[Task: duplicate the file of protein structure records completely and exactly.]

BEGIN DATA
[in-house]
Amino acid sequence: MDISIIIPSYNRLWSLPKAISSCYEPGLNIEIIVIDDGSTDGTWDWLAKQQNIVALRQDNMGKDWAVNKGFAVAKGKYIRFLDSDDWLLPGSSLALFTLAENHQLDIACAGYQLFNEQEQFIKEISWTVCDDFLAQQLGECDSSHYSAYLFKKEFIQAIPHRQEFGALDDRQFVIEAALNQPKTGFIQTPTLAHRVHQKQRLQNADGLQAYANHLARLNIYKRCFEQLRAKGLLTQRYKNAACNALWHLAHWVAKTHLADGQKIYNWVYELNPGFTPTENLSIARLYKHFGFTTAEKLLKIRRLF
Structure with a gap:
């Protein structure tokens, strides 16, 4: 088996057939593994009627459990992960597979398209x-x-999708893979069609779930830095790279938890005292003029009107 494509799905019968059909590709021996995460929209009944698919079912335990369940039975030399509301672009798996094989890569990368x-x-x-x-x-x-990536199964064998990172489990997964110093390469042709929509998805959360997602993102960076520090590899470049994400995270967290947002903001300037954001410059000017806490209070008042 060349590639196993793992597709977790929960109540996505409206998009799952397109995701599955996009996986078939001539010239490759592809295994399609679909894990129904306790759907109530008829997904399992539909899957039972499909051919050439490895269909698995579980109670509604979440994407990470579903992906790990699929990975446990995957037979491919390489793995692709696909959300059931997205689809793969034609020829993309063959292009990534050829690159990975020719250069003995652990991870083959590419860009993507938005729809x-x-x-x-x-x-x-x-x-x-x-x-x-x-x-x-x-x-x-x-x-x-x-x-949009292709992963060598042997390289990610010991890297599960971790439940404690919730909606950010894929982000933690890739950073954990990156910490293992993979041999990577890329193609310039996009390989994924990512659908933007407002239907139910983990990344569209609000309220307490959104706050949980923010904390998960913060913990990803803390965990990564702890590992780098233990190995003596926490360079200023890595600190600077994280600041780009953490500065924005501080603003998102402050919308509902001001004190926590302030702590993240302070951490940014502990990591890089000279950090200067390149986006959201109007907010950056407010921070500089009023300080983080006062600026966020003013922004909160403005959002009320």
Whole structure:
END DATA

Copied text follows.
[in-house]
Amino acid sequence: MDISIIIPSYNRLWSLPKAISSCYEPGLNIEIIVIDDGSTDGTWDWLAKQQNIVALRQDNMGKDWAVNKGFAVAKGKYIRFLDSDDWLLPGSSLALFTLAENHQLDIACAGYQLFNEQEQFIKEISWTVCDDFLAQQLGECDSSHYSAYLFKKEFIQAIPHRQEFGALDDRQFVIEAALNQPKTGFIQTPTLAHRVHQKQRLQNADGLQAYANHLARLNIYKRCFEQLRAKGLLTQRYKNAACNALWHLAHWVAKTHLADGQKIYNWVYELNPGFTPTENLSIARLYKHFGFTTAEKLLKIRRLF
Structure with a gap:
């Protein structure tokens, strides 16, 4: 088996057939593994009627459990992960597979398209x-x-999708893979069609779930830095790279938890005292003029009107 494509799905019968059909590709021996995460929209009944698919079912335990369940039975030399509301672009798996094989890569990368x-x-x-x-x-x-990536199964064998990172489990997964110093390469042709929509998805959360997602993102960076520090590899470049994400995270967290947002903001300037954001410059000017806490209070008042 060349590639196993793992597709977790929960109540996505409206998009799952397109995701599955996009996986078939001539010239490759592809295994399609679909894990129904306790759907109530008829997904399992539909899957039972499909051919050439490895269909698995579980109670509604979440994407990470579903992906790990699929990975446990995957037979491919390489793995692709696909959300059931997205689809793969034609020829993309063959292009990534050829690159990975020719250069003995652990991870083959590419860009993507938005729809x-x-x-x-x-x-x-x-x-x-x-x-x-x-x-x-x-x-x-x-x-x-x-x-949009292709992963060598042997390289990610010991890297599960971790439940404690919730909606950010894929982000933690890739950073954990990156910490293992993979041999990577890329193609310039996009390989994924990512659908933007407002239907139910983990990344569209609000309220307490959104706050949980923010904390998960913060913990990803803390965990990564702890590992780098233990190995003596926490360079200023890595600190600077994280600041780009953490500065924005501080603003998102402050919308509902001001004190926590302030702590993240302070951490940014502990990591890089000279950090200067390149986006959201109007907010950056407010921070500089009023300080983080006062600026966020003013922004909160403005959002009320």
Whole structure: